A room of one's own

"A room of one's own" Continued...

Issue: "2013 Daniel of the Year," Dec. 14, 2013

Hosts I interviewed in New York have taken guests out for drinks. Sometimes guests will leave thank-you gifts for them. Guests can also be odd or frustrating; one host came home and found her kitchen cabinet and living room completely rearranged, and something broken. (Hosts can file complaints about guests, and get money for damages.) 

“There’s that weird connection—you’re staying in my bed,” said Marion, a host on the Upper West Side. “My long-term goal was to have a home that was welcoming to people, even with Airbnb. … I don’t ever want it to become about the money.” 

Marion keeps her Airbnb money in a separate account that she only uses for rent or home improvements. Using Airbnb, she has enough income that she doesn’t need a roommate and has been able to provide a place to stay for family and visiting missionaries. She said she is careful about how much she rents out her place. She wants to be considerate to her neighbors, and she emphasizes that in her “house rules” for guests. 

RENT AWAY: Airbnb employees at work in San Francisco.
Ole Spata/Picture-Alliance/DP/AP
RENT AWAY: Airbnb employees at work in San Francisco.
RENT AWAY: A woman in Hamburg using Airbnb.
Christian Charisius/Picture-Alliance/DPA/AP
RENT AWAY: A woman in Hamburg using Airbnb.
RENT AWAY: Chesky.
Johannes Simon/Getty Images
RENT AWAY: Chesky.

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With a recent public relations campaign in the face of its legal issues, Airbnb stresses that hosts offer something hotels never can; a home wherever they go. CEO Brian Chesky, at a recent keynote at the company’s gleaming San Francisco headquarters, mentioned that many New York hosts opened their homes for free on the site after Superstorm Sandy displaced many New Yorkers. 

The talk about hospitality is warming, but Airbnb is a for-profit company; it has a financial interest in shielding the identity of its highest earners, who are likely renting out their places full time. For every transaction, Airbnb receives a small percentage from the guest and the host. The slice of Airbnb hosts essentially running full-time hotels out of their homes is escaping hotel regulations that make a night at a hotel more expensive.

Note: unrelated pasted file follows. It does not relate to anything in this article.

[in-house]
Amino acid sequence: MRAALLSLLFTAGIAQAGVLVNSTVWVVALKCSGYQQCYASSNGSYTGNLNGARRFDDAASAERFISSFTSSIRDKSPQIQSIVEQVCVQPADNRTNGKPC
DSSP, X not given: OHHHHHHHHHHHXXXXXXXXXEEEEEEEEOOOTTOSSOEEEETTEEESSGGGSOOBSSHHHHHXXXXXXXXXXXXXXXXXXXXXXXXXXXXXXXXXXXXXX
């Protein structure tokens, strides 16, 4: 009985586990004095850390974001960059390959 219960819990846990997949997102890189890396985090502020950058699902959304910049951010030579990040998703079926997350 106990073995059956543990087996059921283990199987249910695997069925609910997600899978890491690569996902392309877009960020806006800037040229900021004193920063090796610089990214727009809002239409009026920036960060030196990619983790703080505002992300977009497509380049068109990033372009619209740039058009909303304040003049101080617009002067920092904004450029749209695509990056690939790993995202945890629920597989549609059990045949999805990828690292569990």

The attorney general argues that hosts typically don’t pay New York City’s 14.75 percent hotel occupancy tax; but it’s not clear at what point Airbnb hosts meet all the conditions of a hotel and owe a hotel tax. Airbnb’s Chesky has said that the company would support figuring out a tax structure for hosts earning over a certain threshold in New York. On average, according to the company, New York hosts earn $7,530 a year using Airbnb.

Still, the Institute for Justice’s Avelar said even those full-time rentals should be permissible, from a property rights standpoint. Property owners should be able to rent for two days, two months, or two years, he said. 

Many of the New York City hosts don’t own their apartments, and they often share a building with neighbors who may encounter a stream of strangers. The usual neighbor arguments against Airbnb hosting are that guests are loud, leave garbage, or fill streets with cars. But Avelar said neighbors can typically address those complaints through any number of zoning ordinances; the state doesn’t have to go after anyone who rents out their home in the first place. 

“So far there hasn’t been any real justification for blocking these rentals,” Avelar said. The laws are “horribly vague and shot through with exceptions,” he said, and the subpoena sweeps in “a lot of perfectly innocent behavior.”

The attorney general’s office met with Airbnb representatives this fall, before issuing the subpoena, but the two sides talked past each other. The attorney general said Airbnb was unwilling to collaborate on sharing information of users who might be breaking the law. As a third party, the company said it was not the attorney general’s “investigative arm,” and suggested the state investigate violations on its own. Airbnb said it had offered to issue legal guidance to its users for how to comply with state law but the attorney general provided none.

Meanwhile hosts continue to host, even if they’re a little bewildered. Misty stopped hosting when she first heard about the legal issues, but researched more and thought she was within the law. Airbnb has communicated regularly with its New York hosts about what’s going on, informing them about the legal proceedings but essentially telling them to carry on as usual.

“Of course, if I realized I was completely breaking the law, I would stop,” said Misty. 

Marion said it’s unrealistic for New York to expect that hotels will fill the demand for temporary housing in the city. And many of her guests, especially families, told her they could only afford to come to the city because of Airbnb; it allows them to stay for, say, a week. (“No one’s going to pay for a hotel for seven days,” she said.) And guests can cook at home instead of eating out every meal. Marion said she is willing to pay a tax for her guests, but it shouldn’t be “to punish people” for sharing.

Emily Belz
Emily Belz

Emily, who has covered everything from political infighting to pet salons for The Indianapolis Star, The Hill, and the New York Daily News, reports for WORLD Magazine from New York City. Follow Emily on Twitter @emlybelz.


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